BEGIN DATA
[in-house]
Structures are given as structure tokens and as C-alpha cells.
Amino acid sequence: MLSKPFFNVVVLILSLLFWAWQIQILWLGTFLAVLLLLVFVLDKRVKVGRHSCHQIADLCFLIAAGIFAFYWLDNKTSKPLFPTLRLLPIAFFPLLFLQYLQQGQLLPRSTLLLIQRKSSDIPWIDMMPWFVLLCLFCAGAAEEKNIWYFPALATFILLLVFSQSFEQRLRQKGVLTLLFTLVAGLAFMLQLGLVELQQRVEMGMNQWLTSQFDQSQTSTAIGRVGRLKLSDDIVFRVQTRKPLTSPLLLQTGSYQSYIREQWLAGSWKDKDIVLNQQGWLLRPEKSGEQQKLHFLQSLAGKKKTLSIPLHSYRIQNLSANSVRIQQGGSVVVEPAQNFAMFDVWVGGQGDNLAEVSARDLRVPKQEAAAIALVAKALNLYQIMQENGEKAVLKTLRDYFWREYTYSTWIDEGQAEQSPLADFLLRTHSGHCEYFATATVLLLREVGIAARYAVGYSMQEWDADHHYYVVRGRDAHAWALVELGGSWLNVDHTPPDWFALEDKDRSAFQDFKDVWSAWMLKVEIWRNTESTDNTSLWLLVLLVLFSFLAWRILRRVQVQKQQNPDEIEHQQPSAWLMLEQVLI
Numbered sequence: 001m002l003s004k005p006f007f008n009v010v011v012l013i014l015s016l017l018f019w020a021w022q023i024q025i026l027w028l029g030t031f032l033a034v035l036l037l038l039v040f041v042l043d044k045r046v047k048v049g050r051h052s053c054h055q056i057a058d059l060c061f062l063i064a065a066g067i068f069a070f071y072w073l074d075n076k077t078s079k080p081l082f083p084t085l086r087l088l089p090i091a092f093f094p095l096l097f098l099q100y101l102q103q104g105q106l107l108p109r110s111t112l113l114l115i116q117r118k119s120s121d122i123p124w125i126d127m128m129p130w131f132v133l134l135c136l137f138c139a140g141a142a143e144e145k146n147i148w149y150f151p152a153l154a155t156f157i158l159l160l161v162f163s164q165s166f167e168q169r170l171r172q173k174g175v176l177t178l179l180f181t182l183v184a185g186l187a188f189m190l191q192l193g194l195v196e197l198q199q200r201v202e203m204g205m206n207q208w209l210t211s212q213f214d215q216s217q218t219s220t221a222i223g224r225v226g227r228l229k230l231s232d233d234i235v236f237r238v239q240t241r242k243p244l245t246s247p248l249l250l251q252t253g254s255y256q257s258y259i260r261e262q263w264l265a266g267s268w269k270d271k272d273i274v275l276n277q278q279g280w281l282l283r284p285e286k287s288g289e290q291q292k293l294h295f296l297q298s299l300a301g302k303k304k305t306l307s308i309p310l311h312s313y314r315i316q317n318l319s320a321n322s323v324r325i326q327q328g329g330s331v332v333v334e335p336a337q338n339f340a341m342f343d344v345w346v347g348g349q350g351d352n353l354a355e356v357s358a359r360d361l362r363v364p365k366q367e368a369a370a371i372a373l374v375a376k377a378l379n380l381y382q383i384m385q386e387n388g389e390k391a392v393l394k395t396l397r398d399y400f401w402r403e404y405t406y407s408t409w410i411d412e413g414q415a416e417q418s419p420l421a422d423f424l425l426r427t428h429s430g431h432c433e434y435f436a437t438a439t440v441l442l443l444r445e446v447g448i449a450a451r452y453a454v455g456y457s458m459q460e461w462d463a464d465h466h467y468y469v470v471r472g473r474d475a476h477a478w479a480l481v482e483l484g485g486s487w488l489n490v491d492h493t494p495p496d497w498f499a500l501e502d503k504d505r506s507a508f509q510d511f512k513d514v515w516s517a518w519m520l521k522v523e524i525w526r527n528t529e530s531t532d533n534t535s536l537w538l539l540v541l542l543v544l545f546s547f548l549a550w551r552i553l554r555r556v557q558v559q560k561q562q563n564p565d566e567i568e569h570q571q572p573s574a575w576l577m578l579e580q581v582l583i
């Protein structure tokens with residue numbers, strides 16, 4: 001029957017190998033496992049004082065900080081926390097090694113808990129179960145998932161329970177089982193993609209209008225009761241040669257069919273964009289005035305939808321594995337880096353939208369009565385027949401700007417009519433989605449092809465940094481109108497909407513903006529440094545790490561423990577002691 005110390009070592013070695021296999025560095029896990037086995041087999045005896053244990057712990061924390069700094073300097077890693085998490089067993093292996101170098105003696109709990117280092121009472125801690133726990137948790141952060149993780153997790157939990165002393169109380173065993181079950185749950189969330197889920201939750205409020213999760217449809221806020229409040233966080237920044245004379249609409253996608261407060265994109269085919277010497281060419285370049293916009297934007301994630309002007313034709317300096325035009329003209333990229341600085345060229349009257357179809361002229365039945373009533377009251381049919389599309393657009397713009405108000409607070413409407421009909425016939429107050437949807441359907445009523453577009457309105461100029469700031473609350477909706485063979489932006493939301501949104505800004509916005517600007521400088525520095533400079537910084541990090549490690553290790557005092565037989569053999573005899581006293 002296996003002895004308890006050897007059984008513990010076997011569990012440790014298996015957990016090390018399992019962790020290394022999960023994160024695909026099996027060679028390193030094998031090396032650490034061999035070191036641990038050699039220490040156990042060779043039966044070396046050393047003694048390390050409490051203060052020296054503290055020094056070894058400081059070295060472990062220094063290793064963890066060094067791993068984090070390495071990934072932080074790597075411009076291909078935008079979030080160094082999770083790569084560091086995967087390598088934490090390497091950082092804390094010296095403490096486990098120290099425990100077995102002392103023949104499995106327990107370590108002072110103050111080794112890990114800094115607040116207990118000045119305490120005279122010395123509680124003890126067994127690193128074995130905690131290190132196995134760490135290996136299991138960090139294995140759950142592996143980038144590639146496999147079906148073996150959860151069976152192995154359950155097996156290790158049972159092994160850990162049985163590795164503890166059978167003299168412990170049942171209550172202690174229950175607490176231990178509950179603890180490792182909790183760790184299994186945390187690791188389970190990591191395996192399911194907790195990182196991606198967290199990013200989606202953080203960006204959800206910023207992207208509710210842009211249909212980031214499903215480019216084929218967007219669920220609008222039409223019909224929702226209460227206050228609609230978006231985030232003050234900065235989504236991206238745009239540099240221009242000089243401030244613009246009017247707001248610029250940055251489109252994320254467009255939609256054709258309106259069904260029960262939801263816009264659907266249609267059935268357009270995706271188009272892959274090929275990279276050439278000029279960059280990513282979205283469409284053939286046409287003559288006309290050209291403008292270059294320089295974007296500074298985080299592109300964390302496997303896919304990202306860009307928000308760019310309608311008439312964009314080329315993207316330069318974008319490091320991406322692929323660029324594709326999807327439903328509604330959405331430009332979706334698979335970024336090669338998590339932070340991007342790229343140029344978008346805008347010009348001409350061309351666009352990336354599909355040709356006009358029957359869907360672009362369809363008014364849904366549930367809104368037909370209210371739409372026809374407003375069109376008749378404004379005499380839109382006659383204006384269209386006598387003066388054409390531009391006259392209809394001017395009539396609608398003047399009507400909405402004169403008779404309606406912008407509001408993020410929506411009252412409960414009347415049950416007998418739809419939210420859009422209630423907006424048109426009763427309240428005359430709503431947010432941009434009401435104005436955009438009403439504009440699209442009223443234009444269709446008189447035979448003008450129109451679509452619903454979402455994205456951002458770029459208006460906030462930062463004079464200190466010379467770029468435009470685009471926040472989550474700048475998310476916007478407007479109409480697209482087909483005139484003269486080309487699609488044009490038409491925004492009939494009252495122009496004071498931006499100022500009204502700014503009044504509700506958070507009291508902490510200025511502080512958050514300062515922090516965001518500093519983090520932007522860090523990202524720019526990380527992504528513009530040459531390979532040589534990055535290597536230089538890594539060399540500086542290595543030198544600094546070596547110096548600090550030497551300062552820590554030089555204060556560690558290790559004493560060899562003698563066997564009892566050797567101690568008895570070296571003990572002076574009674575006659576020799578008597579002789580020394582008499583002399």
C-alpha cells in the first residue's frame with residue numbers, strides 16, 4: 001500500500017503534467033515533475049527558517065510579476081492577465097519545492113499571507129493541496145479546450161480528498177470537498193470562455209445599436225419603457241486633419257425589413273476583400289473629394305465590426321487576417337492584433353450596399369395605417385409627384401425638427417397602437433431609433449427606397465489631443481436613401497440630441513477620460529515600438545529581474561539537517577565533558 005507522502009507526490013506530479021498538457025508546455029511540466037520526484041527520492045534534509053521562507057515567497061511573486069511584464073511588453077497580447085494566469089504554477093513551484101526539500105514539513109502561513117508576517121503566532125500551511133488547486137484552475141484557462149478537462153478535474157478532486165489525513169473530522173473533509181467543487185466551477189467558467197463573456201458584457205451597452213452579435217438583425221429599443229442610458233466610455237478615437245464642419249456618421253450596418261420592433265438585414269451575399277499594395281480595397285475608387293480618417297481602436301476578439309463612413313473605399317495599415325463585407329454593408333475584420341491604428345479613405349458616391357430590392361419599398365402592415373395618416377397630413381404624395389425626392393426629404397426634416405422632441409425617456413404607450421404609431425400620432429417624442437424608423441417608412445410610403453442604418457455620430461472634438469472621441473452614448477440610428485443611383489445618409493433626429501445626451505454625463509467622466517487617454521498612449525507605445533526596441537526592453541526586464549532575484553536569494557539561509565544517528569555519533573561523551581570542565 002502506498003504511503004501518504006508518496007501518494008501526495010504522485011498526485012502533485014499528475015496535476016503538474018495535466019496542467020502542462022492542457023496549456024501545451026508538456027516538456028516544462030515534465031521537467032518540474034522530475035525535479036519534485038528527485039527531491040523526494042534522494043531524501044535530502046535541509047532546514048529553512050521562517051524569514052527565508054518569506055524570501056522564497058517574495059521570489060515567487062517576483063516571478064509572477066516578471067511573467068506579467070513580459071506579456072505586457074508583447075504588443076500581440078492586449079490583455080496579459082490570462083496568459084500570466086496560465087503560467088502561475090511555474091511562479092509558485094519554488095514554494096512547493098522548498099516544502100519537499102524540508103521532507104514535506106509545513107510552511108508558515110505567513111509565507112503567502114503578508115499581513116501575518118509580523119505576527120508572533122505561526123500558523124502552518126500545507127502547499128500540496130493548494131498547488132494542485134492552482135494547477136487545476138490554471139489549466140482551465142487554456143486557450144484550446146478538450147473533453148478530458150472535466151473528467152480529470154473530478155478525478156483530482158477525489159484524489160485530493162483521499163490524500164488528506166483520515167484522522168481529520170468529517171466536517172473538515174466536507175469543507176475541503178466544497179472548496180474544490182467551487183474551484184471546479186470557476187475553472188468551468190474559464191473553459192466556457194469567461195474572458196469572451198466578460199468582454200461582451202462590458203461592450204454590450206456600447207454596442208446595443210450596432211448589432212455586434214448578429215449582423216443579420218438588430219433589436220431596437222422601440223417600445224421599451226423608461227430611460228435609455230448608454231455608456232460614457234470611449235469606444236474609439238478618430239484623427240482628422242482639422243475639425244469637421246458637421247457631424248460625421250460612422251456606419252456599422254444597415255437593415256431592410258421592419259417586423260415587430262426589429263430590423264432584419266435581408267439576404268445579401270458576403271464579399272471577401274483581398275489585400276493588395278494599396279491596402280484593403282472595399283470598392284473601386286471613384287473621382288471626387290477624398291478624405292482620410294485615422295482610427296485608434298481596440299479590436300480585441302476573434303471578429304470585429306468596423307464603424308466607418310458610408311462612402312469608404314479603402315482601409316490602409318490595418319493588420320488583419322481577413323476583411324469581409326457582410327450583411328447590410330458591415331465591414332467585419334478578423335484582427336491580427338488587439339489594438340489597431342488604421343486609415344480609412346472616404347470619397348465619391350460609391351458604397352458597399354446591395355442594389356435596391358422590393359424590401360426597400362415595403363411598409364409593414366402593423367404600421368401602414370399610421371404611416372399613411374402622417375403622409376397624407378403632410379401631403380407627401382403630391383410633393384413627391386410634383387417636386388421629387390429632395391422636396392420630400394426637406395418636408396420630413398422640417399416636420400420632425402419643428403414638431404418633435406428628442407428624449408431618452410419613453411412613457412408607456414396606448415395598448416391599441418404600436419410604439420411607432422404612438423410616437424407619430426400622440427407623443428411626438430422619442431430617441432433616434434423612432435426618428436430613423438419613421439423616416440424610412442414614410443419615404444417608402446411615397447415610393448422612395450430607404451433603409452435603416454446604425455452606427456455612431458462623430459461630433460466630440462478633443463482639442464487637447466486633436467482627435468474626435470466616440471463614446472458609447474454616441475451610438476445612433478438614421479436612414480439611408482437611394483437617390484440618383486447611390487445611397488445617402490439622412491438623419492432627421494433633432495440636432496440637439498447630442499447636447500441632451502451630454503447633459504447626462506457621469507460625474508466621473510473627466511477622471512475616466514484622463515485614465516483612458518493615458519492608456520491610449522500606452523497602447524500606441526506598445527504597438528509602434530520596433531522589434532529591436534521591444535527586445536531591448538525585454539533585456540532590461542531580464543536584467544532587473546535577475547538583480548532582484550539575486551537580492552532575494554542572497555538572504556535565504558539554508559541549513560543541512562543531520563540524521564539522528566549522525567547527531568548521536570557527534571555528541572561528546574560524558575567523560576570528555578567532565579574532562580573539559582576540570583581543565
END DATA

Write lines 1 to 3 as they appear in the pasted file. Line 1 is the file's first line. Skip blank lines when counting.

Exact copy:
[in-house]
Structures are given as structure tokens and as C-alpha cells.
Amino acid sequence: MLSKPFFNVVVLILSLLFWAWQIQILWLGTFLAVLLLLVFVLDKRVKVGRHSCHQIADLCFLIAAGIFAFYWLDNKTSKPLFPTLRLLPIAFFPLLFLQYLQQGQLLPRSTLLLIQRKSSDIPWIDMMPWFVLLCLFCAGAAEEKNIWYFPALATFILLLVFSQSFEQRLRQKGVLTLLFTLVAGLAFMLQLGLVELQQRVEMGMNQWLTSQFDQSQTSTAIGRVGRLKLSDDIVFRVQTRKPLTSPLLLQTGSYQSYIREQWLAGSWKDKDIVLNQQGWLLRPEKSGEQQKLHFLQSLAGKKKTLSIPLHSYRIQNLSANSVRIQQGGSVVVEPAQNFAMFDVWVGGQGDNLAEVSARDLRVPKQEAAAIALVAKALNLYQIMQENGEKAVLKTLRDYFWREYTYSTWIDEGQAEQSPLADFLLRTHSGHCEYFATATVLLLREVGIAARYAVGYSMQEWDADHHYYVVRGRDAHAWALVELGGSWLNVDHTPPDWFALEDKDRSAFQDFKDVWSAWMLKVEIWRNTESTDNTSLWLLVLLVLFSFLAWRILRRVQVQKQQNPDEIEHQQPSAWLMLEQVLI